Women in Practice Could Mean More Flexible Schedules

Practices may need to adjust schedules, time off, and compensation as the number of female urologists and nephrologists grows.
Practices may need to adjust schedules, time off, and compensation as the number of female urologists and nephrologists grows.

The face of urology and nephrology could change dramatically in the next decade. According to the Association of American Medical Colleges, 26% of practicing nephrologists and 7.2% of urologists were female in 2013. However, women currently account for 39% of nephrology residents and almost 23% of urology residents.

What does this mean for physician practices? Practices should plan ahead to create positive workforce changes accommodating the needs of future physicians. 

A broader demographic in urology and nephrology 

Just 5 years ago, if a practice came to Dan Jennings of The Medicus Firm looking for a female urologist, he was hard-pressed to find a candidate. Now, about 1 in every 5 or so responses he gets when advertising for urology positions are from women. This is a good thing, he said, particularly in communities with a lot of male physicians and an increasing number of female urology patients. 

It's not a surprise to find that, on average, female physicians tend to work fewer hours than men. Studies have shown that women doctors work approximately 7 or 8 fewer hours a week than their male counterparts. 

What groups should be aware of, however, is that flexing schedules is not just for female providers. According to Cejka Search, 22% of male and 44% of female physicians in 2011 worked part-time schedules. This trend is not likely to change, as the number of dual-career families increase, more women enter the field, older physicians cut back, and more millennials enter the field, said Leslie Rickey, MD, Fellowship Director, Female Pelvic Medicine and Reconstructive Surgery, Yale School of Medicine in New Haven, Conn., and president of the Society of Women in Urology. 

“It might be time to reconsider the notion that more hours equal greater dedication and a better physician,” Dr. Rickey said. “It doesn't mean that some degree of ‘scheduled predictability' that allows doctors to dedicate time to their families or outside activities implies that a physician is any less committed to optimal patient care.” 

Making changes in your practice 

As more women enter the fields, practices may need to be more flexible. Martin Osinski, owner of the recruiting firm NephrologyUSA, said it will likely be bigger offices that are able to make changes. In these groups, he has seen part-time schedules, reduced call loads, or hiring solely for dialysis rounding or office visits.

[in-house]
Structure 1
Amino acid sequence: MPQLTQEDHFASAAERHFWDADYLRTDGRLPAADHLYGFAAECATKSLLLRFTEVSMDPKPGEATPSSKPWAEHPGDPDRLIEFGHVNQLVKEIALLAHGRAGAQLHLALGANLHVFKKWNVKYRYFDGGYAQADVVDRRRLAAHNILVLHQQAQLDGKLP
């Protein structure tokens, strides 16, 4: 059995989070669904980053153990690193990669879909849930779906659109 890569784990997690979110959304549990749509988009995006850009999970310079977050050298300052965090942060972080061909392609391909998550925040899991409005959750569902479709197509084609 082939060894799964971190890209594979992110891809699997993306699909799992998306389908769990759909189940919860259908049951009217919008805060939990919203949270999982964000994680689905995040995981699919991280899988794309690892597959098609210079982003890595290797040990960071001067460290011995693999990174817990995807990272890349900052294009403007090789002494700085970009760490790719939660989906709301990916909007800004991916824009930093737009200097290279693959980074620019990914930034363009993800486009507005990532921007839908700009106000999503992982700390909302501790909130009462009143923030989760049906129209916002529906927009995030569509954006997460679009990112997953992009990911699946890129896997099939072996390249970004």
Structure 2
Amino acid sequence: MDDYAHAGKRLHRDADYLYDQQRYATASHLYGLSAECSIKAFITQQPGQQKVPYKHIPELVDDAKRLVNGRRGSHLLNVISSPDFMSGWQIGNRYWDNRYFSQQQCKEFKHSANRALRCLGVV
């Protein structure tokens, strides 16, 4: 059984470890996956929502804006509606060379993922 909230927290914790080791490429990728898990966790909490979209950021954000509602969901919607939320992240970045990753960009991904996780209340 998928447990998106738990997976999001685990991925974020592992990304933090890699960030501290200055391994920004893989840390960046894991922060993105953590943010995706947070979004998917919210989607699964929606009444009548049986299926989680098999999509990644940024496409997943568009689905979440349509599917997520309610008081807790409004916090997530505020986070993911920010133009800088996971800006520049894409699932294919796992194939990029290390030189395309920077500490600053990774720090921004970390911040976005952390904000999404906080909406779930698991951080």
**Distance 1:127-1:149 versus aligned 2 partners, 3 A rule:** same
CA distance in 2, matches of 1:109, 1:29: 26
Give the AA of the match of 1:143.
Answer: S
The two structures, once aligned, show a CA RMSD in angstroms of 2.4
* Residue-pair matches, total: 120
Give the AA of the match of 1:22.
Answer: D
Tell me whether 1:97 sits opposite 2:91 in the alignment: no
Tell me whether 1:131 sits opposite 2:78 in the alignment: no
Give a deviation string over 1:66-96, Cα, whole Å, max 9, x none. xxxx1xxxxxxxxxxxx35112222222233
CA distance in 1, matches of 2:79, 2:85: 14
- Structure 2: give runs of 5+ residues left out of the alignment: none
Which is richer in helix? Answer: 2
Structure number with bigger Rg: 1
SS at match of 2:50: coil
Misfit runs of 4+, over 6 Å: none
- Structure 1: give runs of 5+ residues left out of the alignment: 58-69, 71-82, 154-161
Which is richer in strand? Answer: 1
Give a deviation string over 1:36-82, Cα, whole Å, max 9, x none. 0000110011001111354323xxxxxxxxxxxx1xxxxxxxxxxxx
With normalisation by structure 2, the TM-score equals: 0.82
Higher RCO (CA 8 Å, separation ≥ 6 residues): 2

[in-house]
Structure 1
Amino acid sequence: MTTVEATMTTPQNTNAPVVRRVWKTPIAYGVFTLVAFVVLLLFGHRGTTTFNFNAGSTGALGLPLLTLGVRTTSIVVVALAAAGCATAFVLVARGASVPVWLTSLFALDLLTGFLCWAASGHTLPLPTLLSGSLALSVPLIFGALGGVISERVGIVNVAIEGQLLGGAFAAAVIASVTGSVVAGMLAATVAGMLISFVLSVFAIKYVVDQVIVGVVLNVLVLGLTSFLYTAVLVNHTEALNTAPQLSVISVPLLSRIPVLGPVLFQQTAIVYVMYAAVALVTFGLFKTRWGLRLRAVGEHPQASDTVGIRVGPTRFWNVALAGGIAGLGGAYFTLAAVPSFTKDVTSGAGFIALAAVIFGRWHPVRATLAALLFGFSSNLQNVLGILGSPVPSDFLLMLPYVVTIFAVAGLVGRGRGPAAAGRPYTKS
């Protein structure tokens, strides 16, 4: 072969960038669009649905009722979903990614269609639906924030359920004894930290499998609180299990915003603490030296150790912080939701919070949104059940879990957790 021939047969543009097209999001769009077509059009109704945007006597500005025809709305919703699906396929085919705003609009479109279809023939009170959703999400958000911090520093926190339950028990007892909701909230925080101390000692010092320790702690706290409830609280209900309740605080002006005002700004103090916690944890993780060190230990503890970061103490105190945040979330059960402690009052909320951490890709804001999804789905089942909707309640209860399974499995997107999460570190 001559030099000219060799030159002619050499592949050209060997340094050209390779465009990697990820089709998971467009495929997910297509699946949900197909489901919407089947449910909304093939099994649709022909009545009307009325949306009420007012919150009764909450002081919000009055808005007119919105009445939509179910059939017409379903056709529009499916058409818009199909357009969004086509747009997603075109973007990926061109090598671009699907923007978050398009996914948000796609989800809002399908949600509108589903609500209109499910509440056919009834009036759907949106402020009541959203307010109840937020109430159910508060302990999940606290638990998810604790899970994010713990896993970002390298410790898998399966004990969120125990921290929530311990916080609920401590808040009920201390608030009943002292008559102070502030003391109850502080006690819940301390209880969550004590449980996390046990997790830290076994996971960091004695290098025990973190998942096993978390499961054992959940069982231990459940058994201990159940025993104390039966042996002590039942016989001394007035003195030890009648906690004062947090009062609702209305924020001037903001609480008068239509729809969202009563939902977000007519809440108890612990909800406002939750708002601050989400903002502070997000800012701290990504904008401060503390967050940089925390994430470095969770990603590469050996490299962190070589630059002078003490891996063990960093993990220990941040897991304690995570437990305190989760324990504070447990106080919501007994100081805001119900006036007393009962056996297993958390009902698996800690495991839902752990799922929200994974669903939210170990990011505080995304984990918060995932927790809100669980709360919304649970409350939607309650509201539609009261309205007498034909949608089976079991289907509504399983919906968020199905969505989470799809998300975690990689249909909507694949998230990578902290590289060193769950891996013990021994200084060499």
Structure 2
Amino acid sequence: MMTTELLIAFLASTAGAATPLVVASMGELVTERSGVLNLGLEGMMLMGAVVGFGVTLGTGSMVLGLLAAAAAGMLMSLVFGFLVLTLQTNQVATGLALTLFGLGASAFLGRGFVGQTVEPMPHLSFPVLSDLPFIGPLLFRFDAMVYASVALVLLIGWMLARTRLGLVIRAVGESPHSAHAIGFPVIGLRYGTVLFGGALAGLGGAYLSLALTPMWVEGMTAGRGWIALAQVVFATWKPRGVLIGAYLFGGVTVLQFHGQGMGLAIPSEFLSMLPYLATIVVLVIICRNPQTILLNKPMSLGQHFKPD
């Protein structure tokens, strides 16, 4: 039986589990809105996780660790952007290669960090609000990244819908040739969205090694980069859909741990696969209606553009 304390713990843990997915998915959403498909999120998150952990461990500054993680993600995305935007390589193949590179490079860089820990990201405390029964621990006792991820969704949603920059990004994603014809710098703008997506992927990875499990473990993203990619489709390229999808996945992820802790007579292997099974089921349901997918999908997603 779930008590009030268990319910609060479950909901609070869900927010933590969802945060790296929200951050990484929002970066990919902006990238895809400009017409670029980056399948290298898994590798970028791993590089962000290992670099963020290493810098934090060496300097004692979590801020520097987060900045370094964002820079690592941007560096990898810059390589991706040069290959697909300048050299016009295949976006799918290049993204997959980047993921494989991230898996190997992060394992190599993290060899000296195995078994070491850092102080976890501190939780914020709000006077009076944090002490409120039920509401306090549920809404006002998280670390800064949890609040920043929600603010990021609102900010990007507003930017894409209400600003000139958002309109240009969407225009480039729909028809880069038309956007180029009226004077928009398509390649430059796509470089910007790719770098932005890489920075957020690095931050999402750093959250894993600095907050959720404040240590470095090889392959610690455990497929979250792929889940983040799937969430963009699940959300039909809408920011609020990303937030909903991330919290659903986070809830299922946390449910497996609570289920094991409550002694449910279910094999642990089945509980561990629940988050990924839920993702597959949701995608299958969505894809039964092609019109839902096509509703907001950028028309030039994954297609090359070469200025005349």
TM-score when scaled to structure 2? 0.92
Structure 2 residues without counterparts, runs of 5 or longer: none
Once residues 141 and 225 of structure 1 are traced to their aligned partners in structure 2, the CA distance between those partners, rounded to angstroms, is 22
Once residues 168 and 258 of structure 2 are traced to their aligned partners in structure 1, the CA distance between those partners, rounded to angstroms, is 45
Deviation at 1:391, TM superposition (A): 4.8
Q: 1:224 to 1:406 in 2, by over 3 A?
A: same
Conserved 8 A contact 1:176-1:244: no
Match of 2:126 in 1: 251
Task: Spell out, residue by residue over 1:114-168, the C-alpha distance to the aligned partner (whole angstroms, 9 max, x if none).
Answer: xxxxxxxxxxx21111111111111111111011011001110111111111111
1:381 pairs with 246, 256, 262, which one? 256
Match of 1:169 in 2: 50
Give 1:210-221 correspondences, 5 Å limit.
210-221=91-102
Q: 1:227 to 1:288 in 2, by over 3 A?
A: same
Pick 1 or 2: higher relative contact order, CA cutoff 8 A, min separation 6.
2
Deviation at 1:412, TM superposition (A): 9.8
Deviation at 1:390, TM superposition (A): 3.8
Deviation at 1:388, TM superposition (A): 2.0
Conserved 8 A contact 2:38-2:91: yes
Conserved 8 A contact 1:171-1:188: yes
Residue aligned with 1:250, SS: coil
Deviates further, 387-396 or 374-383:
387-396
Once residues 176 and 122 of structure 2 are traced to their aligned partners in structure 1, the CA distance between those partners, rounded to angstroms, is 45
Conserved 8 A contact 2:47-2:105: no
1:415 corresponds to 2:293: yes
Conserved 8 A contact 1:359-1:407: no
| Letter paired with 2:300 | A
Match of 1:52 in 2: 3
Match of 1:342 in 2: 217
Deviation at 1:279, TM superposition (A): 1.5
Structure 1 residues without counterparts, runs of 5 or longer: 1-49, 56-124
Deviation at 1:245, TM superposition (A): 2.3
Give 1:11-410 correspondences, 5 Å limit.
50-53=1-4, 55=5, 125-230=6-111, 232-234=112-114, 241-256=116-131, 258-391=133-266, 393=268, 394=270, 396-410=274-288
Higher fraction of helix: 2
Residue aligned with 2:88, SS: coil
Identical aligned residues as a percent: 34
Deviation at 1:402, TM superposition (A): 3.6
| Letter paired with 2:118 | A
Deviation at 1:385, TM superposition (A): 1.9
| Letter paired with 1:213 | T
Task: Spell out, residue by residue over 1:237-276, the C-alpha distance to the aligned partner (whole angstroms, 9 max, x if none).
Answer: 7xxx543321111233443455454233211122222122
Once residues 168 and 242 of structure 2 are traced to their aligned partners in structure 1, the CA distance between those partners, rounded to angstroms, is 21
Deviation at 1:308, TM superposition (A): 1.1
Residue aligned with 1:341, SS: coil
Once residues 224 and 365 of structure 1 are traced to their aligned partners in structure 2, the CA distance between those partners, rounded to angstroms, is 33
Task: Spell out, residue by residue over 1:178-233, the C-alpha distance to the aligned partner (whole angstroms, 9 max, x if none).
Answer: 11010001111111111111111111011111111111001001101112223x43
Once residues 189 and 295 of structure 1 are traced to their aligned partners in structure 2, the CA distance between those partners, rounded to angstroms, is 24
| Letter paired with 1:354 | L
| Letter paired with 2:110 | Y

Jennings said women are moving to urology because there tends to be fewer emergency surgeries. For this reason, some groups may allow people to schedule surgeries only 2 to 3 days a week in the mornings. 

Dillon said it will likely be groups having a hard time getting candidates that will have to be most willing to bend. He has seen small hospitals in rural areas ship evening and weekend surgeries to other places so their physicians don't have to come in. Some groups might be amenable to splitting schedules and letting 2 women work half time to fill one full time equivalent position. 

“If someone wants to take some call but only every other week, offices will have to make an adjustment in compensation somehow,” Dillon said. “They are going to have to be creative.” 

Dr. Rickey said that one of the most important aspects of integrating women into the practice is dealing with maternity leave. 

“There are still many women who struggle with childbearing and when to do it and how it will look in practice,” she said. 

Practices need to deal with it proactively, she said. Time off and effective compensation should be built into a contract so the physician doesn't have to ask for it when the time comes. One option may be to navigate the issue through the use of short-term disability. This way, the physician gets compensated and other doctors don't have to feel like they are paying for their break. 

Moving up the ladder 

A physician's ultimate goal is to become a partner. Unfortunately, this doesn't exactly jibe with flexible scheduling. 

A solution to this is to allow women to remain as employees and avoid call or work fewer hours. Dillon said people often won't buy in as a partner if they are only receiving part-time pay. Some practices let women “take a portion of partner.” They can work one-third or one-half of the call other doctors work and only pay in and reap the rewards of an equal amount of partnership. 

“Medicine has changed and doctors who are coming up in this day are not going to work like their dad or grandfather did,” Dillon said. 

To have women in partnership takes a pathway that is not always available. Dr. Rickey said she has had a host of “wonderful male mentors” during her career, but contends it will be increasingly important as more women enter the field to have tenured females in these roles. 

“If you look around and don't see people that look like you in those positions, you can't see yourself there,” she said. “It is harder to relate and see yourself in those roles.” 

Of the 126 urology residency programs in the nation, Dr. Rickey said she knows of 3 that have women as department chairs, hardly reflective of the 10% of women practicing in the field.

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